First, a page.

In 1981, the conflict ended up in court where Idaho District Judge George Reinhardt threw out all the charges against the tribe and the men, women, and children who had been cited and/or arrested. The judge had ample grounds to dismiss the case, including treaty rights, sovereignty, and religious freedom. Instead, he chose to dismiss it on the basis of the state’s refusal to allow the Nez Perce “an opportunity to participate” in a “meaningful way with the state relative to developing regulations” that “are clearly necessary if the spring Chinook salmon is to survive.”

Acknowledging the state’s responsibility to share the power to regulate the salmon fishery with the tribe eventually produced numerous benefits for all. Tensions between the state and the tribe continued in the short term, of course, but they have never again become militant. Today, failing to consult with the tribe on any number of conservation matters, let alone the closure of a salmon fishery, would be unthinkable. What’s more, the Nez Perce have often succeeded where the state has failed.

For example, the state’s attempts to restore Snake River coho salmon collapsed completely in the 1960s, resulting in the species extinction in Idaho in 1988. To bring any species back from extinction is an extraordinary achievement, a rare accomplishment anywhere in the world. But in the case of the Snake River coho, the Nez Perce achieved it using eggs from lower Columbia stocks.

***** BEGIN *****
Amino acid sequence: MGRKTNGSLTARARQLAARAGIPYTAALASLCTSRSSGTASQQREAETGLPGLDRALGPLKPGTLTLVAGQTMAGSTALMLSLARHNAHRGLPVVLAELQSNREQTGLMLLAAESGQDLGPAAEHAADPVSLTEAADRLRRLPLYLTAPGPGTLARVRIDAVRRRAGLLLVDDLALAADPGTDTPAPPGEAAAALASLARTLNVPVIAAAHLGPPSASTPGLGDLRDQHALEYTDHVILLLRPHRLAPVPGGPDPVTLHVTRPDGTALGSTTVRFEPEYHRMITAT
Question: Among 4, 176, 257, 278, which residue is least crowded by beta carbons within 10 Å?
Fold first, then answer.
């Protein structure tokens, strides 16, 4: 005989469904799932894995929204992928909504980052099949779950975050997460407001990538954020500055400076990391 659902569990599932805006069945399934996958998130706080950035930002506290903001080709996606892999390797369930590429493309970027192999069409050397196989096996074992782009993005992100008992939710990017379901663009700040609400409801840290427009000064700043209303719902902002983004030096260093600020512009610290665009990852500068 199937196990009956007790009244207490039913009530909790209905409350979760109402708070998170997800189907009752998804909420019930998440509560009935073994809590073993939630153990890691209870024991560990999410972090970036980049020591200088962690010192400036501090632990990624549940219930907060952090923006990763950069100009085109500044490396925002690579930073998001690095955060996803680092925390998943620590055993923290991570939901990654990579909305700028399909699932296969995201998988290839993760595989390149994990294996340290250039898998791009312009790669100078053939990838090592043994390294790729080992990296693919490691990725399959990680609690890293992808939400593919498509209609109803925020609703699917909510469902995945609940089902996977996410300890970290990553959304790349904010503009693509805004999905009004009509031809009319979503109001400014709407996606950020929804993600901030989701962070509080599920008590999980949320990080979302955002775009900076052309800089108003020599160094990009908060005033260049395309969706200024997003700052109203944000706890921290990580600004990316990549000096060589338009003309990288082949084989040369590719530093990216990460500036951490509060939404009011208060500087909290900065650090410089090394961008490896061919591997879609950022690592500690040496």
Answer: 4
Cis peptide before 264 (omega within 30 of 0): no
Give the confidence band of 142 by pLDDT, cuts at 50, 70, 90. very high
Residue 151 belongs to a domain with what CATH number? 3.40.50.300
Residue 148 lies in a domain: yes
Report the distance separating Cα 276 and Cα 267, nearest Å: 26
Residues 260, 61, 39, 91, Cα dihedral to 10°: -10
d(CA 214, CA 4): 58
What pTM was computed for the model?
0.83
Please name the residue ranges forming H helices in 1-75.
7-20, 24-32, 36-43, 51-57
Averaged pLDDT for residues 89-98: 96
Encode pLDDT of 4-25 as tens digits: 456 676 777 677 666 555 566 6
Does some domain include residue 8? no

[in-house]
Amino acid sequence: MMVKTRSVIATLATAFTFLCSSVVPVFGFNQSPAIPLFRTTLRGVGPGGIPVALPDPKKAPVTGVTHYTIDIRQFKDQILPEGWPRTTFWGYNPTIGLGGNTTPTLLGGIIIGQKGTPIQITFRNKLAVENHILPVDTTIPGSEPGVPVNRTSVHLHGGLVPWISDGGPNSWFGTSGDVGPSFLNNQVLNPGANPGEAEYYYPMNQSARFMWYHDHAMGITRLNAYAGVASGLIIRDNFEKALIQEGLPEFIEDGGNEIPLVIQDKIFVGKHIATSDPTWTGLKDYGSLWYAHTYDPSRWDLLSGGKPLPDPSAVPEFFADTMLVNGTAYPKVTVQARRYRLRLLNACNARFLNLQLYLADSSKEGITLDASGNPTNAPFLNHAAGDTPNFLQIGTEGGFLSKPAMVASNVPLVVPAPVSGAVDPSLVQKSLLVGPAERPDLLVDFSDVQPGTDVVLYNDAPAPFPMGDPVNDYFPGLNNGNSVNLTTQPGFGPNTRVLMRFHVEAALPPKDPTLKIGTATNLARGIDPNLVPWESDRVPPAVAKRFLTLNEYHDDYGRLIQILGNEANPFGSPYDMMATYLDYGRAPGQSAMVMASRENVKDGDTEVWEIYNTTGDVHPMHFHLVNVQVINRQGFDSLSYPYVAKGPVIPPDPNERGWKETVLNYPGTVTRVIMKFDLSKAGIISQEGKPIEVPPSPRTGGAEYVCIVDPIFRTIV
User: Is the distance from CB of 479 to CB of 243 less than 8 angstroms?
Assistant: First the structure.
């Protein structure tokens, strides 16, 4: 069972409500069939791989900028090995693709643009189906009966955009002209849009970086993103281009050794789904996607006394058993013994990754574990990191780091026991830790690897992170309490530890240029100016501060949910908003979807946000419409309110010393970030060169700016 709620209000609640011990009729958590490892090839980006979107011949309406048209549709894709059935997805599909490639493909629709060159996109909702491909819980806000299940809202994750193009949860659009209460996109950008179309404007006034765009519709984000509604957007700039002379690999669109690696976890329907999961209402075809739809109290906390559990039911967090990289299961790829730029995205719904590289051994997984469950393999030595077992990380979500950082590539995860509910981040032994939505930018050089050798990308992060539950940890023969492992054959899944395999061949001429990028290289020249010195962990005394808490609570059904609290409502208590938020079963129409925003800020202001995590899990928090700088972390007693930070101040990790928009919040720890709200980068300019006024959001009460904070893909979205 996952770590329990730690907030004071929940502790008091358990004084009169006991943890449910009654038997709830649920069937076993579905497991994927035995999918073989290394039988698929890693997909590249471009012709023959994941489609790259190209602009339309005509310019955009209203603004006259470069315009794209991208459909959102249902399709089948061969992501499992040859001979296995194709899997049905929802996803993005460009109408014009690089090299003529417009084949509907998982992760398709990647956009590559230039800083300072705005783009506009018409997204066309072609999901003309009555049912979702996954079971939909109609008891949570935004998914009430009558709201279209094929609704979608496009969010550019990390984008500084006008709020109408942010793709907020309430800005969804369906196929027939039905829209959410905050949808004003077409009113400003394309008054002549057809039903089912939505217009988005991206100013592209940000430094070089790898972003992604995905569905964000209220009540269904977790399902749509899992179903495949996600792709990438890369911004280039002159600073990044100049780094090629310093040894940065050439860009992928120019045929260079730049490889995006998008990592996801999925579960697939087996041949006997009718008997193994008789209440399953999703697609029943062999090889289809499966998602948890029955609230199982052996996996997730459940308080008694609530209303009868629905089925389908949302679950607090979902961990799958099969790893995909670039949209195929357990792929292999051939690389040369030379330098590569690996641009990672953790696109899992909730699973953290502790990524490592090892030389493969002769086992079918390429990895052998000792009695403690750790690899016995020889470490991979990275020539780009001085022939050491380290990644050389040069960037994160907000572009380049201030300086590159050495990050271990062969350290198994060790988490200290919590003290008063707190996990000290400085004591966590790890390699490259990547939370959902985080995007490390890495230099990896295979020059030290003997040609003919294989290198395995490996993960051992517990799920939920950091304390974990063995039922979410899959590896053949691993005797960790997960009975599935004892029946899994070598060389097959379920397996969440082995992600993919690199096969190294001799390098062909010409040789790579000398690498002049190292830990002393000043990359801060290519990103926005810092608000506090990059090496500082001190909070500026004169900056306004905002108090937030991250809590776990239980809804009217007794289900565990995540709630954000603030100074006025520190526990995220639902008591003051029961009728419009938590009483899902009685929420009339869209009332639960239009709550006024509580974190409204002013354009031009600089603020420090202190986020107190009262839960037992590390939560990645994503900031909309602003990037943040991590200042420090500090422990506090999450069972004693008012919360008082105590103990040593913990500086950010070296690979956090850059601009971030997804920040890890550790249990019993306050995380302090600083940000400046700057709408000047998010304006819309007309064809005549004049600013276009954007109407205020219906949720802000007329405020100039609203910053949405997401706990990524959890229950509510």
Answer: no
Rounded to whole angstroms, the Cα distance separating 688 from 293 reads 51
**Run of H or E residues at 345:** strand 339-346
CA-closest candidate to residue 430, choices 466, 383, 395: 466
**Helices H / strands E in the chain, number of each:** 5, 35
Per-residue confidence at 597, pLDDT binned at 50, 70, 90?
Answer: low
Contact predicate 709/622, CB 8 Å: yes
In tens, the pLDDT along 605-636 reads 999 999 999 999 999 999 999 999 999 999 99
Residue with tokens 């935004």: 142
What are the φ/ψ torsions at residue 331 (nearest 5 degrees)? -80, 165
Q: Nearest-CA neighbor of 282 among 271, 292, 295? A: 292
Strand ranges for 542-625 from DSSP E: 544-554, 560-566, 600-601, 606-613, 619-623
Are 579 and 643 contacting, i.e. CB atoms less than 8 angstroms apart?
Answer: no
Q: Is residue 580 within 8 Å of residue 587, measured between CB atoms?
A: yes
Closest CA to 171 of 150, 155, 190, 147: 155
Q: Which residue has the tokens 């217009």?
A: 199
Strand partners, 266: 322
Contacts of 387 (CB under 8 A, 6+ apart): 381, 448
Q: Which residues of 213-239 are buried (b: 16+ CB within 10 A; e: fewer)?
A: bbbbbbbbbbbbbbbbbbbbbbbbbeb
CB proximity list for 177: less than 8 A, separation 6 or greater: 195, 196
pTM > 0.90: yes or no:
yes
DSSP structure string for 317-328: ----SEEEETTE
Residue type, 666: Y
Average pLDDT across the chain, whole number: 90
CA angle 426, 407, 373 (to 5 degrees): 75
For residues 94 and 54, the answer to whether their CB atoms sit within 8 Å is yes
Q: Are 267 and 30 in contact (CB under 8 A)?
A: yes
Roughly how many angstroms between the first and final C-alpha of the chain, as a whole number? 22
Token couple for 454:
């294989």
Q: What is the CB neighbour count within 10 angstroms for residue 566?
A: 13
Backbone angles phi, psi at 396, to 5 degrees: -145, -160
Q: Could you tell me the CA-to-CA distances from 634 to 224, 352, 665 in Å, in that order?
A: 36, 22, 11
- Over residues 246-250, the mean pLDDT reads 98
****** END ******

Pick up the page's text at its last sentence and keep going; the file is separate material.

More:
With the tribe’s blessing, Idaho opened its first coho season to non- Native Americans five years ago. On October 21, 2015, the National Congress of American Indians recognized the Nez Perce tribe’s Fisheries Department with “High Honors,” and they were given the prestigious Honoring Nations Award from the Harvard Kennedy School of Government’s Project on American Indian Economic Development.

If freshwater angling — whether fly fishing, lure fishing, bait fishing, or gaffing for salmon — is to have a future, we need to put aside our sectarian beliefs and differences and work together. The past is the only direction we can learn from, and in the case of the Nez Perce, theirs offers us more than hope. It’s exemplary.